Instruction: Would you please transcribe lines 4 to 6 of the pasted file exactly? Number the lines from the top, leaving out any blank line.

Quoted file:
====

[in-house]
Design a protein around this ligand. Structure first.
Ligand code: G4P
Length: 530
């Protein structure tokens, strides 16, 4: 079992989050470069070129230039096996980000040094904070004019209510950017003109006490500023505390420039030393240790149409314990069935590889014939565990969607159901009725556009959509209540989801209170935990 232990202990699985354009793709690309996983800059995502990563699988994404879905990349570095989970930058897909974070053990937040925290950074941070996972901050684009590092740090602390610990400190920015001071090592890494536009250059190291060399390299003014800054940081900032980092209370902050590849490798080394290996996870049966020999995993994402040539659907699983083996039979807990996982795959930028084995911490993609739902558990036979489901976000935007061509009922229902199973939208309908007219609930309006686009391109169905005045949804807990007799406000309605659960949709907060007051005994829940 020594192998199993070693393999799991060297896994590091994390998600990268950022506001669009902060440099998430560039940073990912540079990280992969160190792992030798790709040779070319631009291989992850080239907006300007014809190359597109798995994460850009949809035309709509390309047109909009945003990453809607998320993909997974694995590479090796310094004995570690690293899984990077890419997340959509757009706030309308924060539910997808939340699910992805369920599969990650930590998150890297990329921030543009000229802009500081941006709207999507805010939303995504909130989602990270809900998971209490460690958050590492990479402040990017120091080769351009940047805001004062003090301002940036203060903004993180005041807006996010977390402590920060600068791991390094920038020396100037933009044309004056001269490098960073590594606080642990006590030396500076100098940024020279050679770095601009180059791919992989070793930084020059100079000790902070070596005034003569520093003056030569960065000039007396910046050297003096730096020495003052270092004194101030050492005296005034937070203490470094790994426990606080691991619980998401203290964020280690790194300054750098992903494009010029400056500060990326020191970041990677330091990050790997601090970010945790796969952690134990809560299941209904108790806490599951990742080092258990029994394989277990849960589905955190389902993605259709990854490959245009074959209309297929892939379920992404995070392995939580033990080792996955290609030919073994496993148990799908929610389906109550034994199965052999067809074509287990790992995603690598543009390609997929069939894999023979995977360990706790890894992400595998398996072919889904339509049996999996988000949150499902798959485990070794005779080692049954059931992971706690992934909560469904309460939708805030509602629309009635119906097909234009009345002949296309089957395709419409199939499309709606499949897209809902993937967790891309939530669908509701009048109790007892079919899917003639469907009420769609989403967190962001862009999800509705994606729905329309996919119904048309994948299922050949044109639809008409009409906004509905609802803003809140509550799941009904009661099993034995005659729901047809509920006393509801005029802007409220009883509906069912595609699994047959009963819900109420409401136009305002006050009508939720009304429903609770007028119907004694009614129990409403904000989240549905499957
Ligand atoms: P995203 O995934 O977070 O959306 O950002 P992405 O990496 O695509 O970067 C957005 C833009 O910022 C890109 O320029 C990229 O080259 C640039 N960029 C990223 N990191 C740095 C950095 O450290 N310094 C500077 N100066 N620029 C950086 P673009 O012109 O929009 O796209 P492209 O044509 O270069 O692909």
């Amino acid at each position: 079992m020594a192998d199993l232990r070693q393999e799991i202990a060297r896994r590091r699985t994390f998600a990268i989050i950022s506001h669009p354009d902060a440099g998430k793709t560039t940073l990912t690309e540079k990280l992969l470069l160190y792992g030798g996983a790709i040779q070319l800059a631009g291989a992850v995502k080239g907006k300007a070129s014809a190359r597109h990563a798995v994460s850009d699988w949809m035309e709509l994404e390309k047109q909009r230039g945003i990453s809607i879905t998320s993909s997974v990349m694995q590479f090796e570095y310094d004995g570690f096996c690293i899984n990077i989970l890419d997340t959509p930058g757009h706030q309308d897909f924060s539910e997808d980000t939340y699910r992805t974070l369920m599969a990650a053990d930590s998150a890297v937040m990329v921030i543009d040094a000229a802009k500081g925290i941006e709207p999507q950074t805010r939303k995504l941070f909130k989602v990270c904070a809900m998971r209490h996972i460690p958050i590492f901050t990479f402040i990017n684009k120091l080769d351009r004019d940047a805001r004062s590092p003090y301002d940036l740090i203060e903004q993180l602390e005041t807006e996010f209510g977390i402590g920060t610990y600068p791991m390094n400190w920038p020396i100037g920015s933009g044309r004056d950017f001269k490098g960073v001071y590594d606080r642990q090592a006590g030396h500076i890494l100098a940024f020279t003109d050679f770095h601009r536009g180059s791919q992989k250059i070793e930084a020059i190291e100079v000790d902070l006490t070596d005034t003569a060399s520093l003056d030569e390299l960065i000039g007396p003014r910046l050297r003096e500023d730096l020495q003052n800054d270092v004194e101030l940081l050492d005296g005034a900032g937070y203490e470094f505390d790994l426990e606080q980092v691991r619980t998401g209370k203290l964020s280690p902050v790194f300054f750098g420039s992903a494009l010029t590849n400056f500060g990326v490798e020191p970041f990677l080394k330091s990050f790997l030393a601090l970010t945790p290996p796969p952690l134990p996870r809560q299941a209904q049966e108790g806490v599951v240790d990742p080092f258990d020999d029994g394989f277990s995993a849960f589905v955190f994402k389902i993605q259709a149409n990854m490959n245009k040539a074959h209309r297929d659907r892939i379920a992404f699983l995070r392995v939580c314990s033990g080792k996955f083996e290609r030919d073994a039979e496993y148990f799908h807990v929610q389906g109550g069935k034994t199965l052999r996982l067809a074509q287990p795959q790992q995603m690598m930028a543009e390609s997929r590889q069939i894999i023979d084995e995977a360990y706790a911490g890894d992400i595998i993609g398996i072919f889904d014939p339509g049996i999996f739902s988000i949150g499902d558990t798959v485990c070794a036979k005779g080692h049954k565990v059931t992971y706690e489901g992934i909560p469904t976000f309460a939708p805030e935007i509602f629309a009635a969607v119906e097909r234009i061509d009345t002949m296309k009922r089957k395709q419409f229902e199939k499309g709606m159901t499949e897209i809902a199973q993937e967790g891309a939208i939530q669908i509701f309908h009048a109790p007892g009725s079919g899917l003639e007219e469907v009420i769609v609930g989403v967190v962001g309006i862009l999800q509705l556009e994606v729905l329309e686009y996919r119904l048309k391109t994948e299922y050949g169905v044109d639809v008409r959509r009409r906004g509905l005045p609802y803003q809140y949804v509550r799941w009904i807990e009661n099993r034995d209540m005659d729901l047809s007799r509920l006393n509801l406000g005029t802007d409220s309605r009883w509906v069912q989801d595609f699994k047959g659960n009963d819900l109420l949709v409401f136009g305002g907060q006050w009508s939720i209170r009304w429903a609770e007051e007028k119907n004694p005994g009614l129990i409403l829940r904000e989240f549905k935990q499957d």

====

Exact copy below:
Length: 530
């Protein structure tokens, strides 16, 4: 079992989050470069070129230039096996980000040094904070004019209510950017003109006490500023505390420039030393240790149409314990069935590889014939565990969607159901009725556009959509209540989801209170935990 232990202990699985354009793709690309996983800059995502990563699988994404879905990349570095989970930058897909974070053990937040925290950074941070996972901050684009590092740090602390610990400190920015001071090592890494536009250059190291060399390299003014800054940081900032980092209370902050590849490798080394290996996870049966020999995993994402040539659907699983083996039979807990996982795959930028084995911490993609739902558990036979489901976000935007061509009922229902199973939208309908007219609930309006686009391109169905005045949804807990007799406000309605659960949709907060007051005994829940 020594192998199993070693393999799991060297896994590091994390998600990268950022506001669009902060440099998430560039940073990912540079990280992969160190792992030798790709040779070319631009291989992850080239907006300007014809190359597109798995994460850009949809035309709509390309047109909009945003990453809607998320993909997974694995590479090796310094004995570690690293899984990077890419997340959509757009706030309308924060539910997808939340699910992805369920599969990650930590998150890297990329921030543009000229802009500081941006709207999507805010939303995504909130989602990270809900998971209490460690958050590492990479402040990017120091080769351009940047805001004062003090301002940036203060903004993180005041807006996010977390402590920060600068791991390094920038020396100037933009044309004056001269490098960073590594606080642990006590030396500076100098940024020279050679770095601009180059791919992989070793930084020059100079000790902070070596005034003569520093003056030569960065000039007396910046050297003096730096020495003052270092004194101030050492005296005034937070203490470094790994426990606080691991619980998401203290964020280690790194300054750098992903494009010029400056500060990326020191970041990677330091990050790997601090970010945790796969952690134990809560299941209904108790806490599951990742080092258990029994394989277990849960589905955190389902993605259709990854490959245009074959209309297929892939379920992404995070392995939580033990080792996955290609030919073994496993148990799908929610389906109550034994199965052999067809074509287990790992995603690598543009390609997929069939894999023979995977360990706790890894992400595998398996072919889904339509049996999996988000949150499902798959485990070794005779080692049954059931992971706690992934909560469904309460939708805030509602629309009635119906097909234009009345002949296309089957395709419409199939499309709606499949897209809902993937967790891309939530669908509701009048109790007892079919899917003639469907009420769609989403967190962001862009999800509705994606729905329309996919119904048309994948299922050949044109639809008409009409906004509905609802803003809140509550799941009904009661099993034995005659729901047809509920006393509801005029802007409220009883509906069912595609699994047959009963819900109420409401136009305002006050009508939720009304429903609770007028119907004694009614129990409403904000989240549905499957
Ligand atoms: P995203 O995934 O977070 O959306 O950002 P992405 O990496 O695509 O970067 C957005 C833009 O910022 C890109 O320029 C990229 O080259 C640039 N960029 C990223 N990191 C740095 C950095 O450290 N310094 C500077 N100066 N620029 C950086 P673009 O012109 O929009 O796209 P492209 O044509 O270069 O692909």